Anyone who’s ever been to a baseball game before knows that part of the game presentation is the fun facts that run with each players’ stats and picture on the scoreboard when he comes up to bat. You know, under the average, home run, and RBI totals, the scoreboard operator can punch in cool stats that, when done properly, tell us a bit more about the player. In Anaheim, the goal of the scoreboard operator isn’t to educate the fans about the players in the game. Oh no. The way the scoreboard operator at Angels Stadium does his job, he could give Joseph Goebbels a lesson in propaganda. At first, I made a remark to my friends, “Hey, I think they’re running a smear campaign against the Red Sox. Look at what kind of stats they’re putting up for our guys.” My friends got a good laugh, especially when the stat was about Mike Napoli and how poorly he’d been doing lately. Fair enough, as Napoli has struggled since early May. But then I reminded the guys how in the first inning, they ran less than flattering, completely arbitrary stats for Jacoby Ellsbury (playing great and now hitting over .300) and Dustin Pedroia (an All Star who’s been over .310 all year). The stat they ran for David Ortiz was “Career in Angels Stadium: .200, 10 HR, 25 RBI.” Why run those stats? Why not mention Ortiz’s season average of .320? Or his career 3-5 with 2 HR against the pitcher? Or that he’s ranked in the top three in the AL in OBP, slugging, and OPS? Or hey, how about “Home runs since last night,” seeing that he’d come off the bench the previous night and sent a moonshot into right field to put the game out of reach. Nope. Nothing nice about Ortiz, who’s just hitting the Mendoza Line at Angels Stadium.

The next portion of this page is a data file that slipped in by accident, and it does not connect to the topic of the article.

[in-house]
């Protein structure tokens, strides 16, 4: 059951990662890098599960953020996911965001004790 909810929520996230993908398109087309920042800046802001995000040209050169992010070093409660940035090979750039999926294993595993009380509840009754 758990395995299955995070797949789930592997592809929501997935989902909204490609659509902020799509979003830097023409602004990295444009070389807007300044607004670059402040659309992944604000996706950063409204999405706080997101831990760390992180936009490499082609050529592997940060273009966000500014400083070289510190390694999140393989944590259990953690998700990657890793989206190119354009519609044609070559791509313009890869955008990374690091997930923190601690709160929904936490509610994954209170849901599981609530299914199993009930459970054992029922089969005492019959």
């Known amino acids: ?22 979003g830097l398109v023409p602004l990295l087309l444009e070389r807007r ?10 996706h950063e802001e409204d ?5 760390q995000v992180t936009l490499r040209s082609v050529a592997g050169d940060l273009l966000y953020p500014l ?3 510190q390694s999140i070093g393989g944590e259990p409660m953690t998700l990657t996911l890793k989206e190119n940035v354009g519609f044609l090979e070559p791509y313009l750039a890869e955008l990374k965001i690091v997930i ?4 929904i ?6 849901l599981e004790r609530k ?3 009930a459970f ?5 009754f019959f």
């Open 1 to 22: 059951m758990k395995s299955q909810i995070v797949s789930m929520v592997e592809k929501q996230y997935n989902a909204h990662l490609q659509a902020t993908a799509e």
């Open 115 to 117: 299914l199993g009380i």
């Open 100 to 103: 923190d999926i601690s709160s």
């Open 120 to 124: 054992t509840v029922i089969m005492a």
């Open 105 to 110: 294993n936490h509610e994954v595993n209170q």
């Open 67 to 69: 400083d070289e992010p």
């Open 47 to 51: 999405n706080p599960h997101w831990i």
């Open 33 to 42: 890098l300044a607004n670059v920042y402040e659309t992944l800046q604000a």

As we kept paying attention, we kept laughing more and more at how ridiculous the stats were. For Sox third baseman Brock Holt, they put up his season averages of .000, 0 HR, 0 RBI. Very fair and balanced, as this was Holt’s first game of the year. Why not do some research and put up his stats in AAA, or last season with the Pirates? They kept going, giving some players’ averages during arbitrary time spans like “Before June 10th” or “Since June 25th”. The only player they didn’t post a stat for was Jose Iglesias, who, inconveniently for the scoreboard operator, is hitting over .400 and really hasn’t slumped since getting called up. I was shocked that they didn’t run his disastrous, sub-.200 average with Pawtucket. All told, they made a team with the best record in baseball, a team who’d won nine of ten games, look like the ’62 Mets.